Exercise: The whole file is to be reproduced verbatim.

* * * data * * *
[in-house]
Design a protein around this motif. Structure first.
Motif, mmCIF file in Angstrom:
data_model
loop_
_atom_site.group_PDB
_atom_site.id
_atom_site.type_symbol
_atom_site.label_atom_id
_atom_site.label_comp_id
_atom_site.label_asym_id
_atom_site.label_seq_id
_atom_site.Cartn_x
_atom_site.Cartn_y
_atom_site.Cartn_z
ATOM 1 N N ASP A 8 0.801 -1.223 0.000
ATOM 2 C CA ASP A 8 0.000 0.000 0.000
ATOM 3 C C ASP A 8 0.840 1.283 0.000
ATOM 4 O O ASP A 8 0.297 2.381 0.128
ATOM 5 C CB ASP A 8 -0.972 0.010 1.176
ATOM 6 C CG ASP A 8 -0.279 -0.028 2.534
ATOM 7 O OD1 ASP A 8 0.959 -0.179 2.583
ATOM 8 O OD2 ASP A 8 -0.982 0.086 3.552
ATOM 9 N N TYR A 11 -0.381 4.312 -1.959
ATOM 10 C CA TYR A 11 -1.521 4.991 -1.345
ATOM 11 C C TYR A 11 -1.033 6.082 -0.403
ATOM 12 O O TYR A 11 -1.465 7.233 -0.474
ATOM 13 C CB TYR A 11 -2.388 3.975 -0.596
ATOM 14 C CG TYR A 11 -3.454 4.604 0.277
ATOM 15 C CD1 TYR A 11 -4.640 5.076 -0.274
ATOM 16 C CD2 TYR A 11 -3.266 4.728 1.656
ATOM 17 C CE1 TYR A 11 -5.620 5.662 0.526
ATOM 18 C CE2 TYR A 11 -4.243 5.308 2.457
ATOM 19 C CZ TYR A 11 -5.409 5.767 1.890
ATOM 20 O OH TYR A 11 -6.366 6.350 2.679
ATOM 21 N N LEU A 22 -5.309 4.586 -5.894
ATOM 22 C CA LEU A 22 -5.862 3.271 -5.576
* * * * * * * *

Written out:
[in-house]
Design a protein around this motif. Structure first.
Motif, mmCIF file in Angstrom:
data_model
loop_
_atom_site.group_PDB
_atom_site.id
_atom_site.type_symbol
_atom_site.label_atom_id
_atom_site.label_comp_id
_atom_site.label_asym_id
_atom_site.label_seq_id
_atom_site.Cartn_x
_atom_site.Cartn_y
_atom_site.Cartn_z
ATOM 1 N N ASP A 8 0.801 -1.223 0.000
ATOM 2 C CA ASP A 8 0.000 0.000 0.000
ATOM 3 C C ASP A 8 0.840 1.283 0.000
ATOM 4 O O ASP A 8 0.297 2.381 0.128
ATOM 5 C CB ASP A 8 -0.972 0.010 1.176
ATOM 6 C CG ASP A 8 -0.279 -0.028 2.534
ATOM 7 O OD1 ASP A 8 0.959 -0.179 2.583
ATOM 8 O OD2 ASP A 8 -0.982 0.086 3.552
ATOM 9 N N TYR A 11 -0.381 4.312 -1.959
ATOM 10 C CA TYR A 11 -1.521 4.991 -1.345
ATOM 11 C C TYR A 11 -1.033 6.082 -0.403
ATOM 12 O O TYR A 11 -1.465 7.233 -0.474
ATOM 13 C CB TYR A 11 -2.388 3.975 -0.596
ATOM 14 C CG TYR A 11 -3.454 4.604 0.277
ATOM 15 C CD1 TYR A 11 -4.640 5.076 -0.274
ATOM 16 C CD2 TYR A 11 -3.266 4.728 1.656
ATOM 17 C CE1 TYR A 11 -5.620 5.662 0.526
ATOM 18 C CE2 TYR A 11 -4.243 5.308 2.457
ATOM 19 C CZ TYR A 11 -5.409 5.767 1.890
ATOM 20 O OH TYR A 11 -6.366 6.350 2.679
ATOM 21 N N LEU A 22 -5.309 4.586 -5.894
ATOM 22 C CA LEU A 22 -5.862 3.271 -5.576